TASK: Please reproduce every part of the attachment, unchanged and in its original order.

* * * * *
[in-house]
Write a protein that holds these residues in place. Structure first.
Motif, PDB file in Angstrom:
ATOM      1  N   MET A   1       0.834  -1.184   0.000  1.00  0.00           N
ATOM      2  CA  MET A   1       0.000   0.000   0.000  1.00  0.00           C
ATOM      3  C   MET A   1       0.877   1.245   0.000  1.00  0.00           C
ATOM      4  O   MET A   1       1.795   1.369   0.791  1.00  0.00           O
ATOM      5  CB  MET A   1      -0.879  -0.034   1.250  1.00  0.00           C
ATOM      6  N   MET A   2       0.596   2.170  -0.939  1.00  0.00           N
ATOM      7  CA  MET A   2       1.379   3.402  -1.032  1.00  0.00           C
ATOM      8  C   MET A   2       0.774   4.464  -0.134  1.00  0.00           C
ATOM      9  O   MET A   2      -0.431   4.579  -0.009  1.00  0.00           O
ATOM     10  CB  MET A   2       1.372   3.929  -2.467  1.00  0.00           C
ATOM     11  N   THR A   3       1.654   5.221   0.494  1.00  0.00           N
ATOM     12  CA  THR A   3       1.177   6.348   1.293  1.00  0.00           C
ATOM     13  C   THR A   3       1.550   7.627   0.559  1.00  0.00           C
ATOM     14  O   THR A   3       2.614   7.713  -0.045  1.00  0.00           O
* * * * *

[in-house]
Write a protein that holds these residues in place. Structure first.
Motif, PDB file in Angstrom:
ATOM      1  N   MET A   1       0.834  -1.184   0.000  1.00  0.00           N
ATOM      2  CA  MET A   1       0.000   0.000   0.000  1.00  0.00           C
ATOM      3  C   MET A   1       0.877   1.245   0.000  1.00  0.00           C
ATOM      4  O   MET A   1       1.795   1.369   0.791  1.00  0.00           O
ATOM      5  CB  MET A   1      -0.879  -0.034   1.250  1.00  0.00           C
ATOM      6  N   MET A   2       0.596   2.170  -0.939  1.00  0.00           N
ATOM      7  CA  MET A   2       1.379   3.402  -1.032  1.00  0.00           C
ATOM      8  C   MET A   2       0.774   4.464  -0.134  1.00  0.00           C
ATOM      9  O   MET A   2      -0.431   4.579  -0.009  1.00  0.00           O
ATOM     10  CB  MET A   2       1.372   3.929  -2.467  1.00  0.00           C
ATOM     11  N   THR A   3       1.654   5.221   0.494  1.00  0.00           N
ATOM     12  CA  THR A   3       1.177   6.348   1.293  1.00  0.00           C
ATOM     13  C   THR A   3       1.550   7.627   0.559  1.00  0.00           C
ATOM     14  O   THR A   3       2.614   7.713  -0.045  1.00  0.00           O